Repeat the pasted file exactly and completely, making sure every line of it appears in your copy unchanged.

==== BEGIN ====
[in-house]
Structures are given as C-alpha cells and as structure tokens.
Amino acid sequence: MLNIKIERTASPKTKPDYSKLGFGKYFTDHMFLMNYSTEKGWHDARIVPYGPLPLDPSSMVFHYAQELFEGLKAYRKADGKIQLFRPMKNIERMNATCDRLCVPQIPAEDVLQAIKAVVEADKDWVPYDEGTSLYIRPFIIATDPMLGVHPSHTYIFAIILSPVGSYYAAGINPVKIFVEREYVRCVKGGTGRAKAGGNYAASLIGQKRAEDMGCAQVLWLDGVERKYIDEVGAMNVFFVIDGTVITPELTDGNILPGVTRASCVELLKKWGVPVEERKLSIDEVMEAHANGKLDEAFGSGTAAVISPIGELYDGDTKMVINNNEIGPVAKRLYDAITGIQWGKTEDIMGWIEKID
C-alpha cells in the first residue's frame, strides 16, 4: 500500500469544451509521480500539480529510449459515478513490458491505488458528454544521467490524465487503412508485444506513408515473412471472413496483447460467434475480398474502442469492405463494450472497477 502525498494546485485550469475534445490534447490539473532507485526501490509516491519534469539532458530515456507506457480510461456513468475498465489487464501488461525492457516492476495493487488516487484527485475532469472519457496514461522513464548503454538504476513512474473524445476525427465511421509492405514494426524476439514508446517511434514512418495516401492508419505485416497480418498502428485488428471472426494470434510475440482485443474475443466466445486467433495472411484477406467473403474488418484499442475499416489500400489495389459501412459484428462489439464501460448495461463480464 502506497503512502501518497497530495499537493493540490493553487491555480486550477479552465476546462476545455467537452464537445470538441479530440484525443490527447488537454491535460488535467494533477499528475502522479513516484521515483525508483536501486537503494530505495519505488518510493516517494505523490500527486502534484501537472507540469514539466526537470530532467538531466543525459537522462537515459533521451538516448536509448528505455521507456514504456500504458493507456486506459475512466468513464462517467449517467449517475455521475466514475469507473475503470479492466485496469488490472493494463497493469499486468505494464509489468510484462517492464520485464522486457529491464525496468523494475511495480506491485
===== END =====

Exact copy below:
[in-house]
Structures are given as C-alpha cells and as structure tokens.
Amino acid sequence: MLNIKIERTASPKTKPDYSKLGFGKYFTDHMFLMNYSTEKGWHDARIVPYGPLPLDPSSMVFHYAQELFEGLKAYRKADGKIQLFRPMKNIERMNATCDRLCVPQIPAEDVLQAIKAVVEADKDWVPYDEGTSLYIRPFIIATDPMLGVHPSHTYIFAIILSPVGSYYAAGINPVKIFVEREYVRCVKGGTGRAKAGGNYAASLIGQKRAEDMGCAQVLWLDGVERKYIDEVGAMNVFFVIDGTVITPELTDGNILPGVTRASCVELLKKWGVPVEERKLSIDEVMEAHANGKLDEAFGSGTAAVISPIGELYDGDTKMVINNNEIGPVAKRLYDAITGIQWGKTEDIMGWIEKID
C-alpha cells in the first residue's frame, strides 16, 4: 500500500469544451509521480500539480529510449459515478513490458491505488458528454544521467490524465487503412508485444506513408515473412471472413496483447460467434475480398474502442469492405463494450472497477 502525498494546485485550469475534445490534447490539473532507485526501490509516491519534469539532458530515456507506457480510461456513468475498465489487464501488461525492457516492476495493487488516487484527485475532469472519457496514461522513464548503454538504476513512474473524445476525427465511421509492405514494426524476439514508446517511434514512418495516401492508419505485416497480418498502428485488428471472426494470434510475440482485443474475443466466445486467433495472411484477406467473403474488418484499442475499416489500400489495389459501412459484428462489439464501460448495461463480464 502506497503512502501518497497530495499537493493540490493553487491555480486550477479552465476546462476545455467537452464537445470538441479530440484525443490527447488537454491535460488535467494533477499528475502522479513516484521515483525508483536501486537503494530505495519505488518510493516517494505523490500527486502534484501537472507540469514539466526537470530532467538531466543525459537522462537515459533521451538516448536509448528505455521507456514504456500504458493507456486506459475512466468513464462517467449517467449517475455521475466514475469507473475503470479492466485496469488490472493494463497493469499486468505494464509489468510484462517492464520485464522486457529491464525496468523494475511495480506491485